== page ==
Subject: Re: [boost] Proposal: Add Loki Library's SafeFormat to Boost:
From: Andrey Semashev (andrey.semashev_at_[hidden])
Date: 2009-01-02 05:37:53
Joel de Guzman wrote:
> Andrey Semashev wrote:
>> Robert Ramey wrote:
>>> Hartmut Kaiser wrote:
>>> The fact that names are in no way descriptive is another huge time
>> I'd like to second that concern. I know, this is your library and you
>> are to decide how to name it, but all these words, like Spirit, Qi,
>> Proto or Karma, tell me nothing about what these things are for.
> So does Haskell, or Python, or Loki, Rails, or even Boost. But so
> what? I don't understand the problem. It takes a few seconds to
> know that Boost is (a set of) "free peer-reviewed portable C++
> source libraries".
I disagree. Programming languages usually are difficult to describe in
one word that would outline its specific features. Although, Lisp and
Basic are quite descriptive even then.
Boost, Loki, etc. are library collections that help people in very
different domains, so it's difficult to come with descriptive names for
them, too. However, IIRC, Andrei has outlined rationale for his library
name in his book.
But we are talking about Boost components that have a well defined usage
domain and a set of tasks they are intended to help in. Function, Bind,
Variant, Filesystem, DateTime - when I see these names I already grasp
what sort of things they are, and I don't have to dig into docs for
that. When I see Spirit - I don't. BTW, on the library requirements
page, there's a recommendation to use meaningful names for C++ symbols.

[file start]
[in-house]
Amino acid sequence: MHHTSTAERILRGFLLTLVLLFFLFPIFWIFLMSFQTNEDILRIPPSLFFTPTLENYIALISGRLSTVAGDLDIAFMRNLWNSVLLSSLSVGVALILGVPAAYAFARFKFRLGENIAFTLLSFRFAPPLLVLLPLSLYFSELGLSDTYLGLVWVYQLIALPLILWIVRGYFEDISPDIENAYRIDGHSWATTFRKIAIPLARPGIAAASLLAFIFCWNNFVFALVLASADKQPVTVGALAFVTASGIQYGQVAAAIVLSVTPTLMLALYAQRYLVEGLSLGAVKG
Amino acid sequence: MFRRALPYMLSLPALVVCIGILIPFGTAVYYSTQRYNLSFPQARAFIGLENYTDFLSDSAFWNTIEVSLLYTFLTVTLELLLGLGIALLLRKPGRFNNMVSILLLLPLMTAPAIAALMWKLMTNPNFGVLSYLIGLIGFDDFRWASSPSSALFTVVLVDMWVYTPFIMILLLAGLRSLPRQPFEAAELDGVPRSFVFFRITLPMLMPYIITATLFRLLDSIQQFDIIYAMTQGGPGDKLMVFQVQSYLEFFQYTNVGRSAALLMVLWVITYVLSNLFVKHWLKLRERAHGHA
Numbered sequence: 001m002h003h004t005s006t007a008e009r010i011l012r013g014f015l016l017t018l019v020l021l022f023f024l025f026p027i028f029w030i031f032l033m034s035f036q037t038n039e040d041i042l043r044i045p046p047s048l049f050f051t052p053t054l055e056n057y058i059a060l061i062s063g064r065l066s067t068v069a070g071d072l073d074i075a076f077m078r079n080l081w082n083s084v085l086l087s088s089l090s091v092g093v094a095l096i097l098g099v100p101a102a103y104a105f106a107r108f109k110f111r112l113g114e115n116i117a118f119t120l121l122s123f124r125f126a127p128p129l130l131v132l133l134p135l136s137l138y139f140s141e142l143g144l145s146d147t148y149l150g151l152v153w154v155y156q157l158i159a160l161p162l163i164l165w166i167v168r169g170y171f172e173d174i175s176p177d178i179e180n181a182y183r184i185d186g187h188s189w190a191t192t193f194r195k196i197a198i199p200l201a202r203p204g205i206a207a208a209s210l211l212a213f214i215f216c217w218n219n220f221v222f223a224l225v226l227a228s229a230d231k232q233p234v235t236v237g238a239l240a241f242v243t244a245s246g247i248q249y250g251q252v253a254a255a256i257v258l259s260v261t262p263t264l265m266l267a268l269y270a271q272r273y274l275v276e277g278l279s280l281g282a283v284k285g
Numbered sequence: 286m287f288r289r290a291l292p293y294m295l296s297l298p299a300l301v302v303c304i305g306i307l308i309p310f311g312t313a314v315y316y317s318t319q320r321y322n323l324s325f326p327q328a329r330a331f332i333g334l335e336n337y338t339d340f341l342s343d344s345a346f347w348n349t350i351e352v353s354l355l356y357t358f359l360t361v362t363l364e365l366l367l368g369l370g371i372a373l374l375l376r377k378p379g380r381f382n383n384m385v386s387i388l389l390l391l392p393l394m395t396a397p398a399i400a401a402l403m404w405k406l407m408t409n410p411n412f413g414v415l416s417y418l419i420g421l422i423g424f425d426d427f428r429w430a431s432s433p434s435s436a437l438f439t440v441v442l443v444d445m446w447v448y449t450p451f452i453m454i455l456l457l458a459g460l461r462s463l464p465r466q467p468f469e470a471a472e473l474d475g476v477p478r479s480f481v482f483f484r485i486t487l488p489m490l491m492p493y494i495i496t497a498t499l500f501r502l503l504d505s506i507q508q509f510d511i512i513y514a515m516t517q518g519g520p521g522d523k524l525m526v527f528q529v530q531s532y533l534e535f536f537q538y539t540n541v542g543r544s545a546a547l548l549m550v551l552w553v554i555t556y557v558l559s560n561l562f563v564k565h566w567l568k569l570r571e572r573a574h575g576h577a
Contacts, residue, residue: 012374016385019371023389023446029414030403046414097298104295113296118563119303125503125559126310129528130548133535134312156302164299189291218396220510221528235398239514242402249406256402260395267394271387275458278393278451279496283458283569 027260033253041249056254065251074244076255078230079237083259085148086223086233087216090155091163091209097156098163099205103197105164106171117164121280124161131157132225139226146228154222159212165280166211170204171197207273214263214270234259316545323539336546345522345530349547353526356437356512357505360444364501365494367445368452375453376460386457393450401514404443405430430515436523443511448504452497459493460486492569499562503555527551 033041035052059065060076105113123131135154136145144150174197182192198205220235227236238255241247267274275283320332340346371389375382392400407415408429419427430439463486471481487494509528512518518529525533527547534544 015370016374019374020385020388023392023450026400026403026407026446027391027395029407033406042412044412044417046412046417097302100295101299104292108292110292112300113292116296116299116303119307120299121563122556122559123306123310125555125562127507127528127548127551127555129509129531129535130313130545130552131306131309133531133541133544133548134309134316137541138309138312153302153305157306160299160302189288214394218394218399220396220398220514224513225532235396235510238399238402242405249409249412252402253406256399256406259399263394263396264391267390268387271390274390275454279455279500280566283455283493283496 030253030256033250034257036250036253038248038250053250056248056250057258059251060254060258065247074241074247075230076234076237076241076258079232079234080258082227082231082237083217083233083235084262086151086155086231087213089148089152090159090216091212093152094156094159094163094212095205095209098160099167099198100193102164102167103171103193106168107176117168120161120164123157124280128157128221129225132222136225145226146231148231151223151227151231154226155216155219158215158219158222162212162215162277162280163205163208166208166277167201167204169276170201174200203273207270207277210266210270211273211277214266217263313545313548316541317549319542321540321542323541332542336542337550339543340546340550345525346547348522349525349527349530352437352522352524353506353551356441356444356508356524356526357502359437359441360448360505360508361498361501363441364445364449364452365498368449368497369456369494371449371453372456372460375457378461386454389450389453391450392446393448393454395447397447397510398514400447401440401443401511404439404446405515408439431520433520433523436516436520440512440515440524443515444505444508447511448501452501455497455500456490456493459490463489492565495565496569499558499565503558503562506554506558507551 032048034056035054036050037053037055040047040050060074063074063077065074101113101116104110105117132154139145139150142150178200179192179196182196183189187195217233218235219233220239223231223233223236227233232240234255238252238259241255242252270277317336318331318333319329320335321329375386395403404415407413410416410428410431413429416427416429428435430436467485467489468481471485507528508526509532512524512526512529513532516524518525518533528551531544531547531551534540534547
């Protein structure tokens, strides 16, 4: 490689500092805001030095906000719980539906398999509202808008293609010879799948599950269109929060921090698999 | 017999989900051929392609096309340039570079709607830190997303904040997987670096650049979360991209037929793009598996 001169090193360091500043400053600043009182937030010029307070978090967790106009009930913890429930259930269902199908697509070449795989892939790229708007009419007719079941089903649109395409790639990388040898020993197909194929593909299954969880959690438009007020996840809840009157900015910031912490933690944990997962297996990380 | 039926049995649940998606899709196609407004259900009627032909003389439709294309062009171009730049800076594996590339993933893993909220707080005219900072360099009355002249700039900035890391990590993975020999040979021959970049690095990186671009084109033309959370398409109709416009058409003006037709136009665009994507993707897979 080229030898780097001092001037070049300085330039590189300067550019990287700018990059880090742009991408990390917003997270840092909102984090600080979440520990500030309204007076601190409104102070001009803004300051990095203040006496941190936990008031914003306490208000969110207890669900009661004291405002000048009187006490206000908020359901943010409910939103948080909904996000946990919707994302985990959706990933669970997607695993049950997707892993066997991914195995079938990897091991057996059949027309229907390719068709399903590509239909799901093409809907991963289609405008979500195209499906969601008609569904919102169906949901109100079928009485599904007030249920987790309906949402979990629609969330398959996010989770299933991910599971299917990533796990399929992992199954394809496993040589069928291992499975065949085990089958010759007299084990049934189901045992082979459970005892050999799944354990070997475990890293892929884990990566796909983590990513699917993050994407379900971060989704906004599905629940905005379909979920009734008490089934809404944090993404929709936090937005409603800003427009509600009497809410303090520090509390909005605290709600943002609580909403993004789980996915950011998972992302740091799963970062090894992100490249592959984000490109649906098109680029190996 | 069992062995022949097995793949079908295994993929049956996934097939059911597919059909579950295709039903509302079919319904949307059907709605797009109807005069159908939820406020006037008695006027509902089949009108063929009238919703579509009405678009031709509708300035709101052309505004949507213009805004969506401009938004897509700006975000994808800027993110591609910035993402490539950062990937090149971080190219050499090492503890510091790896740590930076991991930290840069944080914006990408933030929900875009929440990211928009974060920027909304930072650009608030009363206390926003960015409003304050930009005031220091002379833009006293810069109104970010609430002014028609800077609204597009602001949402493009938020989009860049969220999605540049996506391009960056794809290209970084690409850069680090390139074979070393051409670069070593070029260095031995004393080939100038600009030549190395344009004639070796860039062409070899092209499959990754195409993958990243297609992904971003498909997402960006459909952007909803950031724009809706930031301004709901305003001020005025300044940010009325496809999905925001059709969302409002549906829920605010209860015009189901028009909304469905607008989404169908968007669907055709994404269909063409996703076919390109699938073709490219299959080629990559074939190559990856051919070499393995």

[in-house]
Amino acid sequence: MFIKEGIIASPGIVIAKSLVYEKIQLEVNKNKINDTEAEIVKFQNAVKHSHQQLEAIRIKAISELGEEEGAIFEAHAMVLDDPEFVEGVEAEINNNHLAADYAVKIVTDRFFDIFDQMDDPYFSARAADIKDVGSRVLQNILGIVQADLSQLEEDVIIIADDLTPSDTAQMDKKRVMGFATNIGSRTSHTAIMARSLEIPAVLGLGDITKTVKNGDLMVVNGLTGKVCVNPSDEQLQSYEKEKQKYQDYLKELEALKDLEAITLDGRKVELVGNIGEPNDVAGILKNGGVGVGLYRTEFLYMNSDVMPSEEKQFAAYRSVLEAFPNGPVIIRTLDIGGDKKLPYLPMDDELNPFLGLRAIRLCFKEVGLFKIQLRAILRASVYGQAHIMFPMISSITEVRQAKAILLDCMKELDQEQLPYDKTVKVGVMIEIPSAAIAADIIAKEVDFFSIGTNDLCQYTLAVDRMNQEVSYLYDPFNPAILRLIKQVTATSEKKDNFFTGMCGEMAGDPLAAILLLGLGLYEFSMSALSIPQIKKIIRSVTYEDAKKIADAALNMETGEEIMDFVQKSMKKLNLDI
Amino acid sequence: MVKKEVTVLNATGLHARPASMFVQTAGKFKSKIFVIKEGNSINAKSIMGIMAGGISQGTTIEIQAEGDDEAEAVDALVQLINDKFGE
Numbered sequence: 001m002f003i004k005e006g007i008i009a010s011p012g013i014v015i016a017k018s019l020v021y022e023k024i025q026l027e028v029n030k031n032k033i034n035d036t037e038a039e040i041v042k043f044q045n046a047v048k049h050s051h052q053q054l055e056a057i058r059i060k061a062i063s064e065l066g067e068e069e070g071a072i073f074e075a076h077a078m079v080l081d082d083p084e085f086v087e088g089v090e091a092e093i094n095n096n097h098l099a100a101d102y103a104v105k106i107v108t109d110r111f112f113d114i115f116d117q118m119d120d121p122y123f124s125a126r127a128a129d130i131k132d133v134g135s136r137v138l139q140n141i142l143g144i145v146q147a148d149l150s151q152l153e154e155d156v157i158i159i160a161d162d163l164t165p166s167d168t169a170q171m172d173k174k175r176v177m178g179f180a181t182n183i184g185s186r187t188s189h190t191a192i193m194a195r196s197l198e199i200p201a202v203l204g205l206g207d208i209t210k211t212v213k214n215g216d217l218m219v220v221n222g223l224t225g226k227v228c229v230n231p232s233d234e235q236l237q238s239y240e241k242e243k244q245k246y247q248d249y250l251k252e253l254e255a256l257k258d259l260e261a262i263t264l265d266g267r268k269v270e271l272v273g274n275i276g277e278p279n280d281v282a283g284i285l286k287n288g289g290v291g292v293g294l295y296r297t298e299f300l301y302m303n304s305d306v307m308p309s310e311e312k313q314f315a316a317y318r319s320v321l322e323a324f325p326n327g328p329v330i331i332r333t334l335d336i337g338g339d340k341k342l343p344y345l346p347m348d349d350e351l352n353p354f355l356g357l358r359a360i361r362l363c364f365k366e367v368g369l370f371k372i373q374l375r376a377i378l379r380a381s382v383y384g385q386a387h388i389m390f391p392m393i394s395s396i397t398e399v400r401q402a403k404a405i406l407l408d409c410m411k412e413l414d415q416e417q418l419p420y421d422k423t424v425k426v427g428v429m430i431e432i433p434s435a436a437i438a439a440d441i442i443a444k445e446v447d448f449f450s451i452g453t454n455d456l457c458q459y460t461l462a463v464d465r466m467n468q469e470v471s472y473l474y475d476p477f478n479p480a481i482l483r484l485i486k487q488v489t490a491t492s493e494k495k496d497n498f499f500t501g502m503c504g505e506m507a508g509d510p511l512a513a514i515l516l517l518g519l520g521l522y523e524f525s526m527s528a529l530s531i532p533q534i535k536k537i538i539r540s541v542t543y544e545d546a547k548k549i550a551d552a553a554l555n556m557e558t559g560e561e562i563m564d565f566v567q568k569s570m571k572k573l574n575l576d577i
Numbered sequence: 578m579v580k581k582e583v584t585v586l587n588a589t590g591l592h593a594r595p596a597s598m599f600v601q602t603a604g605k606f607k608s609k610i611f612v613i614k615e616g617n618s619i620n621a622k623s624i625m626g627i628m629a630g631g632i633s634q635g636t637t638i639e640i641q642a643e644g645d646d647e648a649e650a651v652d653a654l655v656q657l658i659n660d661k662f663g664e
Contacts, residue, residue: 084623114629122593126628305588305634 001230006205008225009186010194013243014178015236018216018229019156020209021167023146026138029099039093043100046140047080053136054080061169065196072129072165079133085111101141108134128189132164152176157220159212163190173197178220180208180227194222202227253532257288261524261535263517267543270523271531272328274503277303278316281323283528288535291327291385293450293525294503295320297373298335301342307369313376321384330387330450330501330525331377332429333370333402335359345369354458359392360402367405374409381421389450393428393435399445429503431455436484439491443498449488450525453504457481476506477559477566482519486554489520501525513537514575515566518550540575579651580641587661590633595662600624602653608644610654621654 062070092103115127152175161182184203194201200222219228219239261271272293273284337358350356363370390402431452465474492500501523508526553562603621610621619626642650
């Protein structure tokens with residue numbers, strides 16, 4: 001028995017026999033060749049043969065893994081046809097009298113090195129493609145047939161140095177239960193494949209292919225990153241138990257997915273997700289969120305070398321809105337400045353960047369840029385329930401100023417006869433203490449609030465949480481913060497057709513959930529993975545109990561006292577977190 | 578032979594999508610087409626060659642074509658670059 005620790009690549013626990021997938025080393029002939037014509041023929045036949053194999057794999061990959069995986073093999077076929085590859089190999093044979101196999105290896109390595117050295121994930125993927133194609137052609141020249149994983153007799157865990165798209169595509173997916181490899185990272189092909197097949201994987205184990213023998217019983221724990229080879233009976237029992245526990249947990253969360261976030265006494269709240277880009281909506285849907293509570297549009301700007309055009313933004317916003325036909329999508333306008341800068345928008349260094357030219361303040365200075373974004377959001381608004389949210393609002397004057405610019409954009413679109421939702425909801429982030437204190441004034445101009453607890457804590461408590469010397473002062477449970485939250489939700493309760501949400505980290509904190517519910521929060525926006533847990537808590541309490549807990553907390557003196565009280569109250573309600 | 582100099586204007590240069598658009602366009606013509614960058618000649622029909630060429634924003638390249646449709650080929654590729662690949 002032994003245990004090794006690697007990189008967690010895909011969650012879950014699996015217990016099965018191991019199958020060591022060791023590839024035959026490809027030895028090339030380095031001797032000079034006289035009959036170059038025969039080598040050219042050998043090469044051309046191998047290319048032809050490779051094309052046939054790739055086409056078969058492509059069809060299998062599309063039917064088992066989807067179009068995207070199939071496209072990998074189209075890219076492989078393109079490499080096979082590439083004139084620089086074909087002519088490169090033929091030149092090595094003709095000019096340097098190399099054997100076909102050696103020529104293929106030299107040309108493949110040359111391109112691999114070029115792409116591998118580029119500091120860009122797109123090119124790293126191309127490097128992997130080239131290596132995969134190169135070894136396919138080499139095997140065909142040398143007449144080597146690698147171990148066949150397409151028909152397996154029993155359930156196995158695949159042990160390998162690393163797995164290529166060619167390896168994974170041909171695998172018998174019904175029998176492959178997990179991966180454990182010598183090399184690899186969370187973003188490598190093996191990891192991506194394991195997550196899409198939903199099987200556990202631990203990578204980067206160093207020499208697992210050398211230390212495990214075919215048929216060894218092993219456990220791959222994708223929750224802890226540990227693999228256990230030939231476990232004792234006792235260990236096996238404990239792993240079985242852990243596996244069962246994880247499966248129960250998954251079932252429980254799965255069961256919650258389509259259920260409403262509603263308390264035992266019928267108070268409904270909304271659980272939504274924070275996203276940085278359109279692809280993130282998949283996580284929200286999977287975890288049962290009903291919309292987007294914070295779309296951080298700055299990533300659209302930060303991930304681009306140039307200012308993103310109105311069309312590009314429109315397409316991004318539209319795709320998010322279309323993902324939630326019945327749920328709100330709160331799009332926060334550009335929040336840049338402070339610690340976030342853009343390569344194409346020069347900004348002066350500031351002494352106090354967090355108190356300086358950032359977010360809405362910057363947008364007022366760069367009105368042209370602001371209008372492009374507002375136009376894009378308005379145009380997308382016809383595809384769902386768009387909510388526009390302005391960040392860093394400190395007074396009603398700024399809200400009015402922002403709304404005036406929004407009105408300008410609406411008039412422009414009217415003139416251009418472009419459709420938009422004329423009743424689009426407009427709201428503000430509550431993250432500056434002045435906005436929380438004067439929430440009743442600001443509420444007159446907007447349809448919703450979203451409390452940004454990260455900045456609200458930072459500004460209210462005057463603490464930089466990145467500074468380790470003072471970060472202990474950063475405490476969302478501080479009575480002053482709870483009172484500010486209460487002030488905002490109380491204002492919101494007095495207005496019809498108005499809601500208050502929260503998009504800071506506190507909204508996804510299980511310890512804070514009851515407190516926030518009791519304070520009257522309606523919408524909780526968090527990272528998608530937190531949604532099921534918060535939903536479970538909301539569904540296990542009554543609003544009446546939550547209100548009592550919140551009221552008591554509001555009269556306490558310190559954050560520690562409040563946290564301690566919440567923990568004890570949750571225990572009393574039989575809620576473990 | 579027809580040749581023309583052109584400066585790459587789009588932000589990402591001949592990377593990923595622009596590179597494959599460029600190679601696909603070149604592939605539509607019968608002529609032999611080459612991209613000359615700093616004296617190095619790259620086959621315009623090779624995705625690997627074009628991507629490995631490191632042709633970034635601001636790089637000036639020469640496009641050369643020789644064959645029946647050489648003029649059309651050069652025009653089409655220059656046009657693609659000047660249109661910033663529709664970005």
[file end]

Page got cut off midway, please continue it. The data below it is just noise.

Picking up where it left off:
I don't see why it doesn't apply to the library names, too.
In connection to other posts in this thread: no, I don't think that
Spirit is a library with a difficult to describe usage domain. It's a
parsing library and let's leave it at that. The formatting capability is
a brand new domain, and therefore it should be extracted as another
distinct Boost library. It may build on top of Spirit, it may use the
same coding guidelines, but it should a be separately reviewed library
in its own directory under boost.
The situation with so-called sub-libraries, IMHO, is a bad thing to
allow in Boost. This turns libraries like Spirit into a playground where
actually live several libraries with totally different classes of tasks
being solved. What's worse, these libraries don't get reviewed (which
may be a tempting reason to add such libraries), they duplicate other
existing libraries in Boost (which confuse users), and they honor
further duplication in the upcoming libraries (which wastes time of
these libraries' developers).
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